3 Ways Nurses Can Help Families Cope With Grief

By Lucy Wyndham

Photo by Pablo Heimplatz on Unsplash

Medical workers are no strangers to grief. Recent data shows that 63% of Americans die in hospitals, and nurses can sometimes struggle to support grieving families after a death. No matter if you’ve been a nurse for only a few months or a decade, it’s important to know how to help families cope with grief by being supportive, answering questions, and just being there for them in their time of need.

Understanding grief reactions

One of the hardest parts of being a medical professional is informing the family about the death of their loved one. Doctors and nurses can attest that telling relatives who are expecting the death of a seriously ill loved one is a different experience than having to break the news of a sudden and unexpected death. Doctors and nurses are first and foremost trained to deal with diagnoses and treating medical conditions.

While the family may be mentally prepared to receive the sad news in the first scenario, relatives may find it hard to cope with the bad news when they lose someone unexpectedly. In the latter situation, nurses must expect the grief reactions of the suddenly bereaved such as shock and denial, and in some cases, the relatives may even lash out in anger towards hospital staff. At moments like this, nurses must be compassionate and kind towards those who are grieving and do what they can to help families cope with their loss. Here are 3 ways to do it.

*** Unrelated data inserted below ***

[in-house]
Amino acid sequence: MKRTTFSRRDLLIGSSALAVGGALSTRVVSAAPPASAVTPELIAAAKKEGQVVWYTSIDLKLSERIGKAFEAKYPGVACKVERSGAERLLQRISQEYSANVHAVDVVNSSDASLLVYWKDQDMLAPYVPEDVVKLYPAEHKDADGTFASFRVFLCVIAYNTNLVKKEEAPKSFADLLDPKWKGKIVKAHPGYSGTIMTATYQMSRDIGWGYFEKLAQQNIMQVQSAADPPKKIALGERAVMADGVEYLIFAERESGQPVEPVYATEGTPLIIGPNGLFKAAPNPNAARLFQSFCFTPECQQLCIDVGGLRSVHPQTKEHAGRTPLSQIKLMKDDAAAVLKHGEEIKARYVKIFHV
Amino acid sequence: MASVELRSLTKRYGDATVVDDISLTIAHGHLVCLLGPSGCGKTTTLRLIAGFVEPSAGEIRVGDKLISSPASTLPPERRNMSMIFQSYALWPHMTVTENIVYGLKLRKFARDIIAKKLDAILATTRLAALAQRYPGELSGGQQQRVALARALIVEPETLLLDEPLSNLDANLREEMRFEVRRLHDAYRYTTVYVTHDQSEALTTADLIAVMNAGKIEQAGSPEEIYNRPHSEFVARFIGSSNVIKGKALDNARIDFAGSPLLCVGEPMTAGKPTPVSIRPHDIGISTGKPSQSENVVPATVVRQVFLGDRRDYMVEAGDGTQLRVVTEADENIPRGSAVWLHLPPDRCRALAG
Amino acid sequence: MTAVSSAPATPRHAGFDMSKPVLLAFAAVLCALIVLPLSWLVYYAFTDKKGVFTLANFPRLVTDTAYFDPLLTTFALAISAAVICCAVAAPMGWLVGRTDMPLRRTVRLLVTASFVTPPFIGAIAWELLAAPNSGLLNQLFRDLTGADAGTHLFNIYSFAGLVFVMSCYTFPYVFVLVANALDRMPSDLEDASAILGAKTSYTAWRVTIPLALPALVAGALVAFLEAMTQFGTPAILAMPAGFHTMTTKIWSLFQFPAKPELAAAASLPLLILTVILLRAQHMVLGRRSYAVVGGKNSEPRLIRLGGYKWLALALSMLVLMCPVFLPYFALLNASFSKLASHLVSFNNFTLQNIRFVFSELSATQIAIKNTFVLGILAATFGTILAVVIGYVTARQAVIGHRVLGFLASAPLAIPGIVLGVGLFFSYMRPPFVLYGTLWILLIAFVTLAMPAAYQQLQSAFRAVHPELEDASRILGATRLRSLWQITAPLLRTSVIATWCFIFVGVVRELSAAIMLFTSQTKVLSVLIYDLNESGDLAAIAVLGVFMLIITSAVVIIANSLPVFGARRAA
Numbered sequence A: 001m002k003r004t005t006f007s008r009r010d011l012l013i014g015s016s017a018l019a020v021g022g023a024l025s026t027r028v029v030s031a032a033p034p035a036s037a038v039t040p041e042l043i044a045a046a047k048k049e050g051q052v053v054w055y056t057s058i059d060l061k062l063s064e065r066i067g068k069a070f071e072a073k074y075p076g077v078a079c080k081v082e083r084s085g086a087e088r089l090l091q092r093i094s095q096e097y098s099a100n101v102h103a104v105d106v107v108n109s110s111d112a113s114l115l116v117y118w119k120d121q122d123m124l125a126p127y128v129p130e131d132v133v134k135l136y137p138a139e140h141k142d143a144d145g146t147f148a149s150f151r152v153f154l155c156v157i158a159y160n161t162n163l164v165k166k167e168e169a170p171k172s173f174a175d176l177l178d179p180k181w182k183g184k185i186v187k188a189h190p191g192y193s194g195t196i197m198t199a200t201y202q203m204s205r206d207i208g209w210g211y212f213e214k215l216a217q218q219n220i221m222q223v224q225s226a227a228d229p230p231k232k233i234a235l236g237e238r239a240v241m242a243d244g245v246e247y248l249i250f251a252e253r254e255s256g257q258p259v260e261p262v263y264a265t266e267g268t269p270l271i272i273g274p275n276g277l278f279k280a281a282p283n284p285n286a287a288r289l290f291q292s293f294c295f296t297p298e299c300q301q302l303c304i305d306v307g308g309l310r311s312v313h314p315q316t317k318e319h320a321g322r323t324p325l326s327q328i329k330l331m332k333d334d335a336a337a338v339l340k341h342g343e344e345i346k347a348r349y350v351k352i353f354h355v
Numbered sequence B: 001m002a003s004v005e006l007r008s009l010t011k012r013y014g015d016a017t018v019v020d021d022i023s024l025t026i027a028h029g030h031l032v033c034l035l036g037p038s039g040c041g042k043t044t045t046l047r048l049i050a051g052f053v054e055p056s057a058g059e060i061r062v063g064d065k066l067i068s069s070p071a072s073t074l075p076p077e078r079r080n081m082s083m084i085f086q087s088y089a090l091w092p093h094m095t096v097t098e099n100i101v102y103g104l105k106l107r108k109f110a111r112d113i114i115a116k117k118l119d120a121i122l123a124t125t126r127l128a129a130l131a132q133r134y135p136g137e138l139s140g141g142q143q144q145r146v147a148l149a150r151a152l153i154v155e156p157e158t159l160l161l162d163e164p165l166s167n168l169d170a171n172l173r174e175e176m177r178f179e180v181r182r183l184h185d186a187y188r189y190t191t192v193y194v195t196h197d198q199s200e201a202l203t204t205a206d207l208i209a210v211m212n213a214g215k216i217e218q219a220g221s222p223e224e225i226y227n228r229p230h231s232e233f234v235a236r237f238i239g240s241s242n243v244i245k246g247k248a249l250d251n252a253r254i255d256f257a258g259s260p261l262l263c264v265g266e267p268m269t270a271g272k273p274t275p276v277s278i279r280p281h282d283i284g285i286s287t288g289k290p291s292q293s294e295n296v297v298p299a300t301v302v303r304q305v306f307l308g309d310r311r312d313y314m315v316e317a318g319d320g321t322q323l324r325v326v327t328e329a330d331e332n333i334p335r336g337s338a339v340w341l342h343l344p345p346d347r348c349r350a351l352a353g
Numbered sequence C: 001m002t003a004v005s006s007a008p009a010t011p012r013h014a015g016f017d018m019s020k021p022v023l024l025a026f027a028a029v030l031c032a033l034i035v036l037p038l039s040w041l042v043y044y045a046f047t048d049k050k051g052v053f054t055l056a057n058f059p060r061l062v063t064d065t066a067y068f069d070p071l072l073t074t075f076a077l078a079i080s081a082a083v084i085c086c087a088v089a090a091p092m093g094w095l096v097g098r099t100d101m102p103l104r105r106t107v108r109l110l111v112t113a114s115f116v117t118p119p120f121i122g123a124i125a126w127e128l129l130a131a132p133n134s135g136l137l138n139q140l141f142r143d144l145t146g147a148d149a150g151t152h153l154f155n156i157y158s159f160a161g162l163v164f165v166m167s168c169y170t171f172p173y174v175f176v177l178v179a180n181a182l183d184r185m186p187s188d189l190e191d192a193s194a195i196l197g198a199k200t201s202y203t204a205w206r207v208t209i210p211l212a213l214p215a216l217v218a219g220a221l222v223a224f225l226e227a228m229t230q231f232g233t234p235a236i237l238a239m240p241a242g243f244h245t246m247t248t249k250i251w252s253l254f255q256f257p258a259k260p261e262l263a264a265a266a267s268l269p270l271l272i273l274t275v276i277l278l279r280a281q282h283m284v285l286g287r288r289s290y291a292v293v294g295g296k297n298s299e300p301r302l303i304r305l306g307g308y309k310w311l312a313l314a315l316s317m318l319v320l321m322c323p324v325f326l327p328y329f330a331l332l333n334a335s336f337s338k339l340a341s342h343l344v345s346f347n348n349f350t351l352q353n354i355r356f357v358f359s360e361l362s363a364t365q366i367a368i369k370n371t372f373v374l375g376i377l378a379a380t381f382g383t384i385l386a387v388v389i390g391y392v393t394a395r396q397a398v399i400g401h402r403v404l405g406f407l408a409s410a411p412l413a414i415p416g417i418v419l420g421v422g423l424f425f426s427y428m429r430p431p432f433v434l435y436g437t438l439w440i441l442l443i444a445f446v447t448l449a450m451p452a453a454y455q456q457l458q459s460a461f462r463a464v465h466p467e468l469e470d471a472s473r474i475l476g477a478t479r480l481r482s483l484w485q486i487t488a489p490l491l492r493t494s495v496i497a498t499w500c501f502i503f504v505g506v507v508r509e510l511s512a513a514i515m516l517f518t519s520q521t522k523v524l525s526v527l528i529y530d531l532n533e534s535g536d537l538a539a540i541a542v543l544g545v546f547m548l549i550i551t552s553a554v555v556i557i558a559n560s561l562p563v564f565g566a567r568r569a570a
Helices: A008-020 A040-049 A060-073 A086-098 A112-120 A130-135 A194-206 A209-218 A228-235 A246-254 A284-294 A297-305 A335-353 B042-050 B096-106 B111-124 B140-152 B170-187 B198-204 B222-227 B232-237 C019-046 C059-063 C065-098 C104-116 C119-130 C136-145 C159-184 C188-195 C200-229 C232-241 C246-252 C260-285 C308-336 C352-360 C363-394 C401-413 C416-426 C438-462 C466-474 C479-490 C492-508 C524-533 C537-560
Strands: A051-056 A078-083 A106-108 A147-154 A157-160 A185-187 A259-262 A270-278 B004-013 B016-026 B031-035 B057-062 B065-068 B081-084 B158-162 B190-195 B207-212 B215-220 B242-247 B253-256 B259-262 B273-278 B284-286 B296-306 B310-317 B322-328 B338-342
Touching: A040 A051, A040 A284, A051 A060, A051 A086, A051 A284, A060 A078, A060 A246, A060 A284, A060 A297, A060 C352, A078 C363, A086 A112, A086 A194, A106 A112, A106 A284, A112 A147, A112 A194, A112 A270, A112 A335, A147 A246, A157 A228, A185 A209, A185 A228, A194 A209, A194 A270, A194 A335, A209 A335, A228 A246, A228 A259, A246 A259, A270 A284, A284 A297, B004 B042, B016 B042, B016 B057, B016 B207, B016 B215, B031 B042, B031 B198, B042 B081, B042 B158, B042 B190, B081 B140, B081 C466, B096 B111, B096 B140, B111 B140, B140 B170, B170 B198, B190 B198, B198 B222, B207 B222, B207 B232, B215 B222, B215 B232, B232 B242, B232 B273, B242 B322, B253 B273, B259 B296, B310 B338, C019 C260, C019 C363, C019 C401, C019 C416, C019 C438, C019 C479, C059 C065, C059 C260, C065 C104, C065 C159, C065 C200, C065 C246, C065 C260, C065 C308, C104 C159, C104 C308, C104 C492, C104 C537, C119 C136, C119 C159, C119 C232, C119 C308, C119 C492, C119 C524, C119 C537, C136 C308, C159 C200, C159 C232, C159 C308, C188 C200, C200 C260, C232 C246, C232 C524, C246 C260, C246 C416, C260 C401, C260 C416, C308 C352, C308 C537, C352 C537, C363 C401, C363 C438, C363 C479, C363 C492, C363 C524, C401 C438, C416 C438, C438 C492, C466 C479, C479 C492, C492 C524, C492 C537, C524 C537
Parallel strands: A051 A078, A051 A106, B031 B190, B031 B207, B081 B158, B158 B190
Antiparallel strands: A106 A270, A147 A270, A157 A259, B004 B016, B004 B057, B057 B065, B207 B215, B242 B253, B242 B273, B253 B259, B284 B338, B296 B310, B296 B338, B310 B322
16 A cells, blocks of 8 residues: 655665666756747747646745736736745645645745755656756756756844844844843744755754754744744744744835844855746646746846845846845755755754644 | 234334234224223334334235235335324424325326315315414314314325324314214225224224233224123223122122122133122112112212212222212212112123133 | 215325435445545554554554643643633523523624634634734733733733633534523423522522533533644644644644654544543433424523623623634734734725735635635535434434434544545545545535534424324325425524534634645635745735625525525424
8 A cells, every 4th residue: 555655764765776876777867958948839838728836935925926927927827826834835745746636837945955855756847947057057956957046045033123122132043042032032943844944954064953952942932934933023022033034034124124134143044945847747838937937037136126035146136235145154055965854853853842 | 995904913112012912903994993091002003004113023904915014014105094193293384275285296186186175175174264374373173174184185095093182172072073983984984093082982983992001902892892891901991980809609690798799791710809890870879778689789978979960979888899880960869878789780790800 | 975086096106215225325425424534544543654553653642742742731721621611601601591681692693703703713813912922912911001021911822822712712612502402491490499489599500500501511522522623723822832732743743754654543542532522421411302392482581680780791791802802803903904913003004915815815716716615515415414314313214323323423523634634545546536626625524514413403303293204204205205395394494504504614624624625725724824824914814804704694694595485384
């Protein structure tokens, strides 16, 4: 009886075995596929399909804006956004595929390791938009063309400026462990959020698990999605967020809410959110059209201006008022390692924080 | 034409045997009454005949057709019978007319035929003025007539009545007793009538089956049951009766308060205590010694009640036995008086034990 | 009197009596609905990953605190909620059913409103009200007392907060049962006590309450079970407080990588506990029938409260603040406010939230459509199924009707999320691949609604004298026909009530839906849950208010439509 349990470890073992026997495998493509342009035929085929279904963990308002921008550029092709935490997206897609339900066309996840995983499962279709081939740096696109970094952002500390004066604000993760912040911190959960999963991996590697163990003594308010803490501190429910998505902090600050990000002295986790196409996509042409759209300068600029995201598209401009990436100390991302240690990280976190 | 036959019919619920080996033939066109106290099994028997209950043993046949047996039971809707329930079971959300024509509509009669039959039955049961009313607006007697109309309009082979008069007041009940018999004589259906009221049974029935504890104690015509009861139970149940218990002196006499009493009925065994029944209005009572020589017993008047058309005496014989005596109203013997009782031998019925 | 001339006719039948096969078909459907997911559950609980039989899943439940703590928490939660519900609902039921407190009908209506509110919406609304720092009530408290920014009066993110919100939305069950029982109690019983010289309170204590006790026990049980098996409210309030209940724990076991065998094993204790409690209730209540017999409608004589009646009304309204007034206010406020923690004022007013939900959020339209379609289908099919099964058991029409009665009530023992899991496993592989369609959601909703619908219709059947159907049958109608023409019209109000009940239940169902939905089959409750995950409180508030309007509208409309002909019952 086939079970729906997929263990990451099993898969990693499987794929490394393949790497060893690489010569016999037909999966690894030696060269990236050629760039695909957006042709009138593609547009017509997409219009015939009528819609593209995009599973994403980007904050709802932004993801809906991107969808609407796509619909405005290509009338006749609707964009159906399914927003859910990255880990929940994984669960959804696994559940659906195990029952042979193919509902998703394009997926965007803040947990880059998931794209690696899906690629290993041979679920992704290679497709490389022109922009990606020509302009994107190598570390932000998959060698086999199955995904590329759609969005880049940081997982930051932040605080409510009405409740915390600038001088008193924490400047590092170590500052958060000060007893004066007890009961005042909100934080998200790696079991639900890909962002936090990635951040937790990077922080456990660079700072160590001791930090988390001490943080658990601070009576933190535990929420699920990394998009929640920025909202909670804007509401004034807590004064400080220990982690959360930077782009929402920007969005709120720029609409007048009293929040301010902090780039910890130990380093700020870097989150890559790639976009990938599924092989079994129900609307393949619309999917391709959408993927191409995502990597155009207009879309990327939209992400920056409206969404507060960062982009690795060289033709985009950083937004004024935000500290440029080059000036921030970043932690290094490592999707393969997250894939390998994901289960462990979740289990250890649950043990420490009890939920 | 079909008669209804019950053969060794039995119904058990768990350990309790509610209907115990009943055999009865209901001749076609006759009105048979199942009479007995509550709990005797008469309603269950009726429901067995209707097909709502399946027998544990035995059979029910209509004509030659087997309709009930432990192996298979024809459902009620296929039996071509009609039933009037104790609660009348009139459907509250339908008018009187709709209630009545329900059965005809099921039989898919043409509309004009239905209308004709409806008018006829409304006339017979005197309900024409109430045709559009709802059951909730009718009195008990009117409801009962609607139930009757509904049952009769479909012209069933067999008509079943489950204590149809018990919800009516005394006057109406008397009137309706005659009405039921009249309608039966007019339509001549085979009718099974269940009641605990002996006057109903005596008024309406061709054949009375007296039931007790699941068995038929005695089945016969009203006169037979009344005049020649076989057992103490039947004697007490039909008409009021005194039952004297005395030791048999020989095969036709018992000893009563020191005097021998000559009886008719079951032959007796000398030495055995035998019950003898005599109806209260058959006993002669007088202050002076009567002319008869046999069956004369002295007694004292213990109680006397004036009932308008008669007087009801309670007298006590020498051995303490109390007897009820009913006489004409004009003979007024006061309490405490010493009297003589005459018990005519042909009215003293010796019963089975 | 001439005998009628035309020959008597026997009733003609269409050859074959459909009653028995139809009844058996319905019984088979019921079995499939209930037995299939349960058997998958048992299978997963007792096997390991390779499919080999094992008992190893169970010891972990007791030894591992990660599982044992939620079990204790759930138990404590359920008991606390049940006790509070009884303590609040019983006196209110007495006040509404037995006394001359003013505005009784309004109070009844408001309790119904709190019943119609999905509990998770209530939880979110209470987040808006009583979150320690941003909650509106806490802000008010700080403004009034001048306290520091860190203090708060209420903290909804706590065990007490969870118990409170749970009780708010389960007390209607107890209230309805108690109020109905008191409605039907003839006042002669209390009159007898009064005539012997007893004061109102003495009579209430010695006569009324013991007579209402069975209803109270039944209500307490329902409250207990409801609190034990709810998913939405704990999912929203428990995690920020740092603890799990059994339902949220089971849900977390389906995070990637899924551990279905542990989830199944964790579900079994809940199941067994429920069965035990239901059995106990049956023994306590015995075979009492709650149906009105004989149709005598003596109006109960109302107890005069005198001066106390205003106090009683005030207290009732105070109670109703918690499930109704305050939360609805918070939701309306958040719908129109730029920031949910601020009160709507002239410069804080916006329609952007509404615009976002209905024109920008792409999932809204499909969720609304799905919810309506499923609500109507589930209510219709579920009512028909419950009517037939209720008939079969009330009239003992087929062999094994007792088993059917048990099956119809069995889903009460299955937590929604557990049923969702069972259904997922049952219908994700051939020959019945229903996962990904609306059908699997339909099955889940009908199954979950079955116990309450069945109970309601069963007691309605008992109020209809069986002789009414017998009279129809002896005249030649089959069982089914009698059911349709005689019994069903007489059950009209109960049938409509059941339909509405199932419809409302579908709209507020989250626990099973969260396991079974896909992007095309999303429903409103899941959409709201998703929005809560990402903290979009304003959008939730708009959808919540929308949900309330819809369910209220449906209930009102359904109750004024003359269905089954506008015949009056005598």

Ask them what they need

Family members who are in shock may be at a loss what to do after learning about the death of their loved one. You can help by asking them what they need. If they have no idea, you can offer to call other family members or contact a funeral home for them. If the relative is alone and seems dazed, ask how he or she will be getting home from the hospital and offer to contact a friend or family member who can take the relative home.

Don’t try to fix things

You can’t hasten the grieving process by trying to fix things. Avoid making unhelpful comments such as “He’s in a better place right now,” or “Everything happens for a reason.” The best thing a nurse can do is to be there and to show that you care.   

Ask if they want to say goodbye to their loved one

Some families may want to spend a few moments with their loved one after death, while others may not want to do that at all. Respect the family’s wishes whatever it may be. You may also want to prepare them for what to expect if they do want to say goodbye, especially if there are young children with them.

At a family’s time of need, the best things that nurses can do is to be helpful and compassionate. By doing so, you can help people cope with the death of their loved ones in the best way that you can.

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